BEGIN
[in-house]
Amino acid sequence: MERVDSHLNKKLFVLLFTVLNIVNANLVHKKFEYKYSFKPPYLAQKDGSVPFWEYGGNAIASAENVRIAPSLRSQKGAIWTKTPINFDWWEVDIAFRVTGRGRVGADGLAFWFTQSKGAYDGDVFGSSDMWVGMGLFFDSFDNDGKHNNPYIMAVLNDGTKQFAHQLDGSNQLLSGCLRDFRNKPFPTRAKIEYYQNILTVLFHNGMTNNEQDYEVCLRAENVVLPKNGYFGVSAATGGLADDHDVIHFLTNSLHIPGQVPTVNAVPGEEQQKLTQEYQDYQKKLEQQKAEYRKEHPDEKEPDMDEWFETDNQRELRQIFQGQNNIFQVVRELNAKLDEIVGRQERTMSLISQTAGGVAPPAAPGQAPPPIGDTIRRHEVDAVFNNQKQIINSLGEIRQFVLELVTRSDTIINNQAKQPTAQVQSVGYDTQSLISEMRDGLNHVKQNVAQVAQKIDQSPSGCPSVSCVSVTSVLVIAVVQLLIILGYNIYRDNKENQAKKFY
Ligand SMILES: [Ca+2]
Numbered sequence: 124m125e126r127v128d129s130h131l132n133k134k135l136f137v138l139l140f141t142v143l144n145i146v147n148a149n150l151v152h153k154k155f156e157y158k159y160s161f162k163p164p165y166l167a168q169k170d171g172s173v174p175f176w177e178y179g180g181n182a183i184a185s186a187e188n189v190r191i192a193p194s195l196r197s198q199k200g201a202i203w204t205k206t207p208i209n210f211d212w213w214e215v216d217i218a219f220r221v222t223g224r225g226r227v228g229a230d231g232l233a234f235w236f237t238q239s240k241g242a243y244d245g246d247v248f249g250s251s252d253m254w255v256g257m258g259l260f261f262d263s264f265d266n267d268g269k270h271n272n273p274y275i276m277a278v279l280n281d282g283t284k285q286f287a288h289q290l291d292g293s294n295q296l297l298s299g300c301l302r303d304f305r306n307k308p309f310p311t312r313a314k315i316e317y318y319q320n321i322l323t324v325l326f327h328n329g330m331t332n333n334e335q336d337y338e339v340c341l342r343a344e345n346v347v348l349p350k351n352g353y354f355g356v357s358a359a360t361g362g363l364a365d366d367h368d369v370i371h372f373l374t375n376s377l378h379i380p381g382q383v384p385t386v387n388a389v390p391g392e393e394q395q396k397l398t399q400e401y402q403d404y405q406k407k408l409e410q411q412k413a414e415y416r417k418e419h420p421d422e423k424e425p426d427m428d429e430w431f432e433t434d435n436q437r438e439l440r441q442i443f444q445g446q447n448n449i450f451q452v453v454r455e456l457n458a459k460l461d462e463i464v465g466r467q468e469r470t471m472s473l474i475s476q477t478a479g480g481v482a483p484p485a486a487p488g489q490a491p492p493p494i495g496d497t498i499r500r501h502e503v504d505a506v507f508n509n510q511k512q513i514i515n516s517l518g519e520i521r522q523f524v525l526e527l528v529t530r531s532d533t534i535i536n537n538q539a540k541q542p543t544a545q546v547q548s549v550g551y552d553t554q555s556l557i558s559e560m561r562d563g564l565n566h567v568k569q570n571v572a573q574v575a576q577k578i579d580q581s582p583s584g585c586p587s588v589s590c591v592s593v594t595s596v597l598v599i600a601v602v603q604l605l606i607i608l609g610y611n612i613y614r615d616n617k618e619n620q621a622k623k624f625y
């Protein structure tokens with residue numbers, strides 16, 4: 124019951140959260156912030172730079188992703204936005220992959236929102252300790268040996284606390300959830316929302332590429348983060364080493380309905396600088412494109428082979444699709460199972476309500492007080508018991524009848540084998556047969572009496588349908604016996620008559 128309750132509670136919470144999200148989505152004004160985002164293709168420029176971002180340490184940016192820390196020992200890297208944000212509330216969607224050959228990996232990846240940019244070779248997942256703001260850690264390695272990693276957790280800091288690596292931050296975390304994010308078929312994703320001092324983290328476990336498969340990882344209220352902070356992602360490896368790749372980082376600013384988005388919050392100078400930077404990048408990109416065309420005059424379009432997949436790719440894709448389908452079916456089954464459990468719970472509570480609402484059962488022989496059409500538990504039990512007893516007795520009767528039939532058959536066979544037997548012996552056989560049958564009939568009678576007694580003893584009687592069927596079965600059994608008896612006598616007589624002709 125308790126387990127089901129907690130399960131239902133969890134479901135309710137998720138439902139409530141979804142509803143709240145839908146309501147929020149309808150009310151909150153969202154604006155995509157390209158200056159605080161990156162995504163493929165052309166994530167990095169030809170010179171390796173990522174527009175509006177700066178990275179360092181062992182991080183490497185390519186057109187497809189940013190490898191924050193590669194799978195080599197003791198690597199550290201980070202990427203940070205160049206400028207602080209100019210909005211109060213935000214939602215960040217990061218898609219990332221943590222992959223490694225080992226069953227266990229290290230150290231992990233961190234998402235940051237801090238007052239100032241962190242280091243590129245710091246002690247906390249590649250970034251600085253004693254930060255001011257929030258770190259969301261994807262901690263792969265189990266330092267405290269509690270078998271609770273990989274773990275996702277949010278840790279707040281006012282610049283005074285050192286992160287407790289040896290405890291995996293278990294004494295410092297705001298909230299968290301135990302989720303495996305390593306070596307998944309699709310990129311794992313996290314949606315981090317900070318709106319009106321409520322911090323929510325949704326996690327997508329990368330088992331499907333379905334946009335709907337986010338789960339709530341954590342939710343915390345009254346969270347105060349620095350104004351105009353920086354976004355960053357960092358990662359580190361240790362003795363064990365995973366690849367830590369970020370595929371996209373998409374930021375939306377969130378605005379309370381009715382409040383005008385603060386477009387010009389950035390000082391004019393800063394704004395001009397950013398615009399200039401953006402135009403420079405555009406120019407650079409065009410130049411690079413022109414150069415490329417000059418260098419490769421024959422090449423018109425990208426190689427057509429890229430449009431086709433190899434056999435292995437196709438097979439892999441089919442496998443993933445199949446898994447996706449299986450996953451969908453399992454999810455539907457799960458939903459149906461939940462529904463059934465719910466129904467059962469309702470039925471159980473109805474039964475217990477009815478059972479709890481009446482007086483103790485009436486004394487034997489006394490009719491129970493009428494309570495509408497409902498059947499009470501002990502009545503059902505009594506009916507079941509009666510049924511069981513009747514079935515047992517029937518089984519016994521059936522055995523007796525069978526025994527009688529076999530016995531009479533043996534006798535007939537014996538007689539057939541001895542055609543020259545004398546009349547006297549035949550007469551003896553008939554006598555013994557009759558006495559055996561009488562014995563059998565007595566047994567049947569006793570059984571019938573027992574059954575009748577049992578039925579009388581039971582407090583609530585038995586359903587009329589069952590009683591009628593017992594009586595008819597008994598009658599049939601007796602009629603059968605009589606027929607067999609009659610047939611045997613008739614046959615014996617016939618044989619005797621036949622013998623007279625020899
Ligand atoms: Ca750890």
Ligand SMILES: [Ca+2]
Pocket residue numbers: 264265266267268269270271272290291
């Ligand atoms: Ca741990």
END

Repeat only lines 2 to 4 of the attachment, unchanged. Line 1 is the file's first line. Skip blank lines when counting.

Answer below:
Amino acid sequence: MERVDSHLNKKLFVLLFTVLNIVNANLVHKKFEYKYSFKPPYLAQKDGSVPFWEYGGNAIASAENVRIAPSLRSQKGAIWTKTPINFDWWEVDIAFRVTGRGRVGADGLAFWFTQSKGAYDGDVFGSSDMWVGMGLFFDSFDNDGKHNNPYIMAVLNDGTKQFAHQLDGSNQLLSGCLRDFRNKPFPTRAKIEYYQNILTVLFHNGMTNNEQDYEVCLRAENVVLPKNGYFGVSAATGGLADDHDVIHFLTNSLHIPGQVPTVNAVPGEEQQKLTQEYQDYQKKLEQQKAEYRKEHPDEKEPDMDEWFETDNQRELRQIFQGQNNIFQVVRELNAKLDEIVGRQERTMSLISQTAGGVAPPAAPGQAPPPIGDTIRRHEVDAVFNNQKQIINSLGEIRQFVLELVTRSDTIINNQAKQPTAQVQSVGYDTQSLISEMRDGLNHVKQNVAQVAQKIDQSPSGCPSVSCVSVTSVLVIAVVQLLIILGYNIYRDNKENQAKKFY
Ligand SMILES: [Ca+2]
Numbered sequence: 124m125e126r127v128d129s130h131l132n133k134k135l136f137v138l139l140f141t142v143l144n145i146v147n148a149n150l151v152h153k154k155f156e157y158k159y160s161f162k163p164p165y166l167a168q169k170d171g172s173v174p175f176w177e178y179g180g181n182a183i184a185s186a187e188n189v190r191i192a193p194s195l196r197s198q199k200g201a202i203w204t205k206t207p208i209n210f211d212w213w214e215v216d217i218a219f220r221v222t223g224r225g226r227v228g229a230d231g232l233a234f235w236f237t238q239s240k241g242a243y244d245g246d247v248f249g250s251s252d253m254w255v256g257m258g259l260f261f262d263s264f265d266n267d268g269k270h271n272n273p274y275i276m277a278v279l280n281d282g283t284k285q286f287a288h289q290l291d292g293s294n295q296l297l298s299g300c301l302r303d304f305r306n307k308p309f310p311t312r313a314k315i316e317y318y319q320n321i322l323t324v325l326f327h328n329g330m331t332n333n334e335q336d337y338e339v340c341l342r343a344e345n346v347v348l349p350k351n352g353y354f355g356v357s358a359a360t361g362g363l364a365d366d367h368d369v370i371h372f373l374t375n376s377l378h379i380p381g382q383v384p385t386v387n388a389v390p391g392e393e394q395q396k397l398t399q400e401y402q403d404y405q406k407k408l409e410q411q412k413a414e415y416r417k418e419h420p421d422e423k424e425p426d427m428d429e430w431f432e433t434d435n436q437r438e439l440r441q442i443f444q445g446q447n448n449i450f451q452v453v454r455e456l457n458a459k460l461d462e463i464v465g466r467q468e469r470t471m472s473l474i475s476q477t478a479g480g481v482a483p484p485a486a487p488g489q490a491p492p493p494i495g496d497t498i499r500r501h502e503v504d505a506v507f508n509n510q511k512q513i514i515n516s517l518g519e520i521r522q523f524v525l526e527l528v529t530r531s532d533t534i535i536n537n538q539a540k541q542p543t544a545q546v547q548s549v550g551y552d553t554q555s556l557i558s559e560m561r562d563g564l565n566h567v568k569q570n571v572a573q574v575a576q577k578i579d580q581s582p583s584g585c586p587s588v589s590c591v592s593v594t595s596v597l598v599i600a601v602v603q604l605l606i607i608l609g610y611n612i613y614r615d616n617k618e619n620q621a622k623k624f625y